Our previous article analyzed the past and current effects of the COVID-19 pandemic on the workplace—especially in regard to having in-person versus hybrid workers, as well as, how the interview process has been affected—and this time we would like to analyze the effects on the workforce.
Every year, the U.S. Bureau of Labor Statistics (BLS) gathers information on job openings and turnover rates for every industry and region in the U.S., then at the end of the year releases this information to the public. Granted we have yet to reach the end of the year, we don’t have exact statistics for how 2021 is shaking out, but we do have the past several years. In 2019, the overall market saw a 0.6% increase from the previous year, for a turnover rate of 45.1%. It is important to note that average increase rates vary per industry, but when looking at the country, it is most common for this rate to change by ±0.8%, however, in 2020 that rate rose by 12.2% to a jaw-dropping 57.3%. Experts seem to think that 2021 rates will increase as well. (We, here in the business services industry were lucky to only see an increase of 5.7% in 2020… woohoo!)
Now, the hard part is deliberating as to how such drastic increases occurred. The obvious answer is that while the pandemic has been wreaking havoc on the world, jobs have of course been affected as well. There is no doubt that this is true; however, it is not the sole contributor to such a drastic rise in separation rates. Thinking critically, we can acknowledge many other events that were happening in 2020—numerous protests of civil unrests, a presidential election, the aforementioned pandemic, diplomatic quibbles, and so much more—so there are plenty of events that could affect retention rates.
Let’s run some more numbers. Millennials are born between 1981-1996 putting their age anywhere from 25 to 40. According to our good friend the USBLS, people under the age of 34 made up 52.1% of the workforce. This number, in combination with the idea that Millennials and Generation Z have come under scrutiny from older generations for their love of calling out all the problems in the world (Pew), gives us a very good idea of some other reasons why we are seeing such drastic increases in unemployment and decreases in employee retention.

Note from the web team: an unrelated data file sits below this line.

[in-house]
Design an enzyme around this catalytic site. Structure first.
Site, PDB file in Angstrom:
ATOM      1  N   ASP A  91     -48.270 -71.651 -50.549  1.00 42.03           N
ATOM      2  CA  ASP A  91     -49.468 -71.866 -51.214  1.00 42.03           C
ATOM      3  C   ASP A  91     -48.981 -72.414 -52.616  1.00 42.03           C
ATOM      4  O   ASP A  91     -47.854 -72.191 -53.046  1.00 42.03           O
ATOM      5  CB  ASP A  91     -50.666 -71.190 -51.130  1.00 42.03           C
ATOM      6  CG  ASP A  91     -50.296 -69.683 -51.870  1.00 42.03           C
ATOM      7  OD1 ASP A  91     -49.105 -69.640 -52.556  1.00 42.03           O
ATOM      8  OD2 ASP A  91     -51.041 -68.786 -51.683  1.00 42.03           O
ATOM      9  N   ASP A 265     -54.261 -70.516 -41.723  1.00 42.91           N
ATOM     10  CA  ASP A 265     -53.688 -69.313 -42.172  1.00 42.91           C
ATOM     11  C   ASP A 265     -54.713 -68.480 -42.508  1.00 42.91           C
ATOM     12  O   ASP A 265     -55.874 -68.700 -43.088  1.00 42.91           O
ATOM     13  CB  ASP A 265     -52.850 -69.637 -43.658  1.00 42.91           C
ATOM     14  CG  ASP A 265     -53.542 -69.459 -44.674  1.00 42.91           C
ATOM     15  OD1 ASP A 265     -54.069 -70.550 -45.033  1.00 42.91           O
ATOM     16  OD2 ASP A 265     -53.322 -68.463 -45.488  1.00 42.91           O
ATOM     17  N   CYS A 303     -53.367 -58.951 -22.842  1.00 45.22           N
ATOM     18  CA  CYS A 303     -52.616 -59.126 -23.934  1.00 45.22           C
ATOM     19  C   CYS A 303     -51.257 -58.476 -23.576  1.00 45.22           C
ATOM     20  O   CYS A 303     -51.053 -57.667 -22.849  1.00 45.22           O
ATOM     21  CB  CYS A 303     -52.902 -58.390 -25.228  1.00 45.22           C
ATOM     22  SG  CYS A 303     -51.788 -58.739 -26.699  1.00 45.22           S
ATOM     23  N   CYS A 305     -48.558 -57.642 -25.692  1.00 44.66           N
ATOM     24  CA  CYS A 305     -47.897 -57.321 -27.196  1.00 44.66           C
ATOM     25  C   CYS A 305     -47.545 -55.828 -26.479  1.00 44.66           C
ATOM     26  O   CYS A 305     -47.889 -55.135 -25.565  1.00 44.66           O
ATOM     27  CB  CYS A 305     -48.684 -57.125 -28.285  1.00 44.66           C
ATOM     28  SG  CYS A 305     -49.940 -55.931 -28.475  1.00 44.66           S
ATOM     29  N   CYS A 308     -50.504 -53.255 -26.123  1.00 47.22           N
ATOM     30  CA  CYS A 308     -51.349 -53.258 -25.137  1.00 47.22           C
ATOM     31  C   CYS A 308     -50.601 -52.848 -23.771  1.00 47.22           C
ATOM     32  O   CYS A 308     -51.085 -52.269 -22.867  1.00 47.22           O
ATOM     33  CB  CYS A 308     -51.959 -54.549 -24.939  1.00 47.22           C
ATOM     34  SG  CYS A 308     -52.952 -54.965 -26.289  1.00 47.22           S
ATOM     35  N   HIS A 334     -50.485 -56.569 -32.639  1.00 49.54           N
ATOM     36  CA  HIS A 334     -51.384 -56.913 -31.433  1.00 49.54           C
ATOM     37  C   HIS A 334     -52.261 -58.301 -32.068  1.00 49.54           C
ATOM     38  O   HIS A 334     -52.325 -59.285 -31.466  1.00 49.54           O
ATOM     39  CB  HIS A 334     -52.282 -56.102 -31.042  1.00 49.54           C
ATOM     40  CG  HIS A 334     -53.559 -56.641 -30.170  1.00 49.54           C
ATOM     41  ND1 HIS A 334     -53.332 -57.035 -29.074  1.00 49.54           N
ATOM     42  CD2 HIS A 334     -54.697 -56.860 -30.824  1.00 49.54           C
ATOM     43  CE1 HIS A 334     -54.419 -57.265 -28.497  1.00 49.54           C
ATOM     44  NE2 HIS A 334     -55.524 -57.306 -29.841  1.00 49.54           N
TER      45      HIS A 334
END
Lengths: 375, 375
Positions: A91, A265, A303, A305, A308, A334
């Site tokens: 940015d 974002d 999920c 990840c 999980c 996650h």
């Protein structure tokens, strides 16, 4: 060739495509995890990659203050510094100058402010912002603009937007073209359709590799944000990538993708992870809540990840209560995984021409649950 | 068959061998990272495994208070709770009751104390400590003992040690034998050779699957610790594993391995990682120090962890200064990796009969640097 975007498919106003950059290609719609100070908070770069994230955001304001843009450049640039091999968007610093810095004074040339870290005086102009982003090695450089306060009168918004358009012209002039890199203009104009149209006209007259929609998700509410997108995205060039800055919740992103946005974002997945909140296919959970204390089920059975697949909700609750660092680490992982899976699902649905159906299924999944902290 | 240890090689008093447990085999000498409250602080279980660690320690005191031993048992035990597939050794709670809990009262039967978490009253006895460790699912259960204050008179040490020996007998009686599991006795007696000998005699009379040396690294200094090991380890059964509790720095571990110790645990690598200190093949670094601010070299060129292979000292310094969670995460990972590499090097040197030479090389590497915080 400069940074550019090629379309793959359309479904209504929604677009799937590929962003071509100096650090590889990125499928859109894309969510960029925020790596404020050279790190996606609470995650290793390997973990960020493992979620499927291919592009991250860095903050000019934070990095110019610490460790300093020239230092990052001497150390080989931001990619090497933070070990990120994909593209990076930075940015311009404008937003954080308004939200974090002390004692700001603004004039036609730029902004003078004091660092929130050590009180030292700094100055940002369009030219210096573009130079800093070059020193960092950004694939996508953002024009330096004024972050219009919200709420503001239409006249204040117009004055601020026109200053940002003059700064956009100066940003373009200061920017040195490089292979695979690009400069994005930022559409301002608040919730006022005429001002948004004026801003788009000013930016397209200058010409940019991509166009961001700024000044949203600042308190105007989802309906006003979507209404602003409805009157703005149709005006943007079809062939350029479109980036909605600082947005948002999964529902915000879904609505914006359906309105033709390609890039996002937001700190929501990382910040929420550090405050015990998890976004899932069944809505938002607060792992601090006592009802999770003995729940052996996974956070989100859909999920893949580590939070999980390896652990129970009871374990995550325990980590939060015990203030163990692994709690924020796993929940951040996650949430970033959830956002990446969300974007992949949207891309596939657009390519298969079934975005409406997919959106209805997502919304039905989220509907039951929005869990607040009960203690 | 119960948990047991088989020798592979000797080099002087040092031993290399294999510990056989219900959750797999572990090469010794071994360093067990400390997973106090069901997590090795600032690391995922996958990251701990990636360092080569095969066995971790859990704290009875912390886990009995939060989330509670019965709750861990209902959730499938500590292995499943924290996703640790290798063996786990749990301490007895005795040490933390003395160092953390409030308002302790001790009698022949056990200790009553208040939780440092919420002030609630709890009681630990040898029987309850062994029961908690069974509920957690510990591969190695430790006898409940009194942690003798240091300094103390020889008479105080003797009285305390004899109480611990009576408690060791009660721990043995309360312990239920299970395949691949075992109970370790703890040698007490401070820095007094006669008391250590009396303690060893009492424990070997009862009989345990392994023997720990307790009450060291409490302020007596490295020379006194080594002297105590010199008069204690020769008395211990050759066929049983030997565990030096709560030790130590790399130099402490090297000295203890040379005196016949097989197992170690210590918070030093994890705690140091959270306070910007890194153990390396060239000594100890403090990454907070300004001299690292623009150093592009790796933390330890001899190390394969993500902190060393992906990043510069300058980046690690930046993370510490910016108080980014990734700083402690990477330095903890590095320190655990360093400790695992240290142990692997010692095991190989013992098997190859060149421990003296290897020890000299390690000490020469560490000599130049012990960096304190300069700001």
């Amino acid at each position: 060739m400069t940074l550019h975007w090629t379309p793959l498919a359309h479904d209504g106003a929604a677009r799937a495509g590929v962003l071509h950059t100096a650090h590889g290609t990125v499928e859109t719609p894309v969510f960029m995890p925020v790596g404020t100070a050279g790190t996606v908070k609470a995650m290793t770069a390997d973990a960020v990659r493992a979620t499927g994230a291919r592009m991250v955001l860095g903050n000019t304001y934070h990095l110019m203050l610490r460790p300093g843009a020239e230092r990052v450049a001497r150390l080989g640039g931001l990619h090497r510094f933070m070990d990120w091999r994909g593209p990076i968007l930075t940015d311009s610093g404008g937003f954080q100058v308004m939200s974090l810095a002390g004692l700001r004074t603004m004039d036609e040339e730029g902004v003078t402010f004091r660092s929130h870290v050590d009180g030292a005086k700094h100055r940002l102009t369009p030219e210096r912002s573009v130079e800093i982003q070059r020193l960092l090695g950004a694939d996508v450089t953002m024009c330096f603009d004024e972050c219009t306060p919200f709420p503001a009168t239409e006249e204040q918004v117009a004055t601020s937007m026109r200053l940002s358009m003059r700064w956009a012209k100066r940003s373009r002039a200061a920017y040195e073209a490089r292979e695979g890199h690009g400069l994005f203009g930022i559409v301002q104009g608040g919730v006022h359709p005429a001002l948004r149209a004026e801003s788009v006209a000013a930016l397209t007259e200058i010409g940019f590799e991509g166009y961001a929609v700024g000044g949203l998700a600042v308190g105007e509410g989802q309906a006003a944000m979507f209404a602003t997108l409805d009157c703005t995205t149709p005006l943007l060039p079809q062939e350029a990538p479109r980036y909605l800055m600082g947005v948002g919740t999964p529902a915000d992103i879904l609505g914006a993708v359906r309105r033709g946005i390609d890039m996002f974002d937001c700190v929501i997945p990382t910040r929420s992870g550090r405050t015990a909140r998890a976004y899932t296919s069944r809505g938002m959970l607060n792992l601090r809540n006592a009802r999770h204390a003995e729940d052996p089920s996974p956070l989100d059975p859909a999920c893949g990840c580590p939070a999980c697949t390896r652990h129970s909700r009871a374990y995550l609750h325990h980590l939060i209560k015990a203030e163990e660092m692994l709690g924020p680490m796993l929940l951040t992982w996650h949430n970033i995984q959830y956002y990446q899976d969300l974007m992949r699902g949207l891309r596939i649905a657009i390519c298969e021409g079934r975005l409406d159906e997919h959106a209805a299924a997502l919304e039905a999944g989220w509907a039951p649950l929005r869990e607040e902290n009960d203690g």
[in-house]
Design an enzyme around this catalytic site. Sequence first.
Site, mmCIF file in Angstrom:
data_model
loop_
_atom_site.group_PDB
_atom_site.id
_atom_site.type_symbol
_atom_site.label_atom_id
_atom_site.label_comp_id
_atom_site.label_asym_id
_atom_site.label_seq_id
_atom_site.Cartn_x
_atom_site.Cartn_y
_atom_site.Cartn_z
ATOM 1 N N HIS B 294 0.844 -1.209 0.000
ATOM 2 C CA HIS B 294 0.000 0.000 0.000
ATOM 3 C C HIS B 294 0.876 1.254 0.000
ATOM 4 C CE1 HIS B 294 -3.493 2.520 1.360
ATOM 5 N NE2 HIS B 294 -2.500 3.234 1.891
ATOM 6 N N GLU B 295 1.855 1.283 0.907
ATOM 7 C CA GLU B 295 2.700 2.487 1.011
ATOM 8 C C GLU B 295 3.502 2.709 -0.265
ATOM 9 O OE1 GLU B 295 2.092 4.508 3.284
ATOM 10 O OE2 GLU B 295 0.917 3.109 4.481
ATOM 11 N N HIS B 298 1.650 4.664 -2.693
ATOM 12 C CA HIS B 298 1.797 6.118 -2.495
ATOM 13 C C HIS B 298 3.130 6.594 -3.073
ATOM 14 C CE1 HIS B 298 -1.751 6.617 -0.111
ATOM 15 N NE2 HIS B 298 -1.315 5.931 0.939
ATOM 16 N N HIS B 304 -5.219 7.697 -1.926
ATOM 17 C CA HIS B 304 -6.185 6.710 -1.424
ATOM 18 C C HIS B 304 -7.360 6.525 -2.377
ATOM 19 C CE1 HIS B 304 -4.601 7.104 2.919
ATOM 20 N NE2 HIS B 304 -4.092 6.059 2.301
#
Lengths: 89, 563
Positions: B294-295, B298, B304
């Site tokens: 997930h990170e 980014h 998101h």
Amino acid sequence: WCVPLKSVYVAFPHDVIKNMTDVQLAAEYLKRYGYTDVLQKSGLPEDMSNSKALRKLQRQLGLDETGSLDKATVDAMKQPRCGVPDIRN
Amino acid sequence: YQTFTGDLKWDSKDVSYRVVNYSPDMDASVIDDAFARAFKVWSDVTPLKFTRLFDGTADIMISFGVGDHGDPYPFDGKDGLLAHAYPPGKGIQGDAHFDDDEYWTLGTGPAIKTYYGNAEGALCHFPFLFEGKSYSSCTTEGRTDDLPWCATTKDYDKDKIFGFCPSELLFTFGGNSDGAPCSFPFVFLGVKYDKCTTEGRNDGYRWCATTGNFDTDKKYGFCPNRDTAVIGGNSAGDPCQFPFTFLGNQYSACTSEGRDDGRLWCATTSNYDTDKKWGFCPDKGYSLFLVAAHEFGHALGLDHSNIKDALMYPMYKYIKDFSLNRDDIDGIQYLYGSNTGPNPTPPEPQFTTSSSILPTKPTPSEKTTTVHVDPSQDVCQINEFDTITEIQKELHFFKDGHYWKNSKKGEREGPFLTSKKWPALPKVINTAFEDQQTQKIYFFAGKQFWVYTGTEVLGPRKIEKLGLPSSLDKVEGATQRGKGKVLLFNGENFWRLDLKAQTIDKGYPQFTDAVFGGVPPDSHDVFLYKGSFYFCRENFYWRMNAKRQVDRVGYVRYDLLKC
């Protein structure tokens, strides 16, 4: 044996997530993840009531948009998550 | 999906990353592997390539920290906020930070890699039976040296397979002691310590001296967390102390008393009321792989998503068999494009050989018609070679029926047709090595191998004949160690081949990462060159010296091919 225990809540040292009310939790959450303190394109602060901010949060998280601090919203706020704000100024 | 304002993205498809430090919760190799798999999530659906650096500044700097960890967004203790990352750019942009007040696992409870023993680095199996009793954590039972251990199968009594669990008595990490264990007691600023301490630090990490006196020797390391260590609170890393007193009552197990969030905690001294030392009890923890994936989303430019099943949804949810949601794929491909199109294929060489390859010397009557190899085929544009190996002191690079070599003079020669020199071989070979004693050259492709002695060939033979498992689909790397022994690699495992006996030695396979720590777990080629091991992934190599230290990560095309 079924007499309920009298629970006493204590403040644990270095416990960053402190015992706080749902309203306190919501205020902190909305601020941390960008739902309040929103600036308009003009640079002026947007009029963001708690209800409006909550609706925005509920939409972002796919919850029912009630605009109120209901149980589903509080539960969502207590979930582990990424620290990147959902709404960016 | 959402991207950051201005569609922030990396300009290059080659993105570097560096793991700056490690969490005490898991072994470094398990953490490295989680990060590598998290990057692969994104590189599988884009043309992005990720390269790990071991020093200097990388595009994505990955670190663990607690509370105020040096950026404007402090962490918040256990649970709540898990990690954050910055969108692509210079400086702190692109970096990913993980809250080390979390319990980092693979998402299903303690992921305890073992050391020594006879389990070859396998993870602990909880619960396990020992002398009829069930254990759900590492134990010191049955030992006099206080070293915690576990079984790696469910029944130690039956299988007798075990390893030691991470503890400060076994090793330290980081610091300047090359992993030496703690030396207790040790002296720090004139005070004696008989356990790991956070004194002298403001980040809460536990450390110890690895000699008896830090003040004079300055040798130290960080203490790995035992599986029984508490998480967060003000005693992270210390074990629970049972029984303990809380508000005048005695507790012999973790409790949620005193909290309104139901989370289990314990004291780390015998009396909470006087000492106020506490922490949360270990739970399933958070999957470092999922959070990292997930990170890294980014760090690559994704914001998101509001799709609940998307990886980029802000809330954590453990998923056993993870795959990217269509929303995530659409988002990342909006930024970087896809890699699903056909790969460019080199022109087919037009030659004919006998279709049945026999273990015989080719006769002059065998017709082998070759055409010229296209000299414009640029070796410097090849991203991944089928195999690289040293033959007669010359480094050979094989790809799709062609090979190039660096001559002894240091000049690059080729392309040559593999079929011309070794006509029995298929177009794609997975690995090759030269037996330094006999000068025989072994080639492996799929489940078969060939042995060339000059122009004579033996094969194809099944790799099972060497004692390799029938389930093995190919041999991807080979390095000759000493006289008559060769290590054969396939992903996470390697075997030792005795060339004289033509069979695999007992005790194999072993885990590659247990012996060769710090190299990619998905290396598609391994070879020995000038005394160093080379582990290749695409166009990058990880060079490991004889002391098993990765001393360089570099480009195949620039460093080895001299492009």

The industry-loved Harvard Business Review helps managers identify a couple of ways to adjust their company culture in order to maintain more younger workers; 1) increased transparency, 2) trust, 3) autonomy, 4) explanation of purpose, and 5) focusing on employees as people. In a separate article, they went a step further and discussed the productivity benefits of having a positive work culture.
So, what are decision-makers at companies to do with all these numbers and this information? The ideal outcome is for you to do an internal audit of your company’s values, interests, and purpose. Once you have a solid understanding of what your company is to be, then find out what it is. Ask your employees! They know what your company is like! When you take the time to listen to how your employees perceive the workplace and your company, only then can you build a better culture. When you have a good culture, your seats will fill themselves.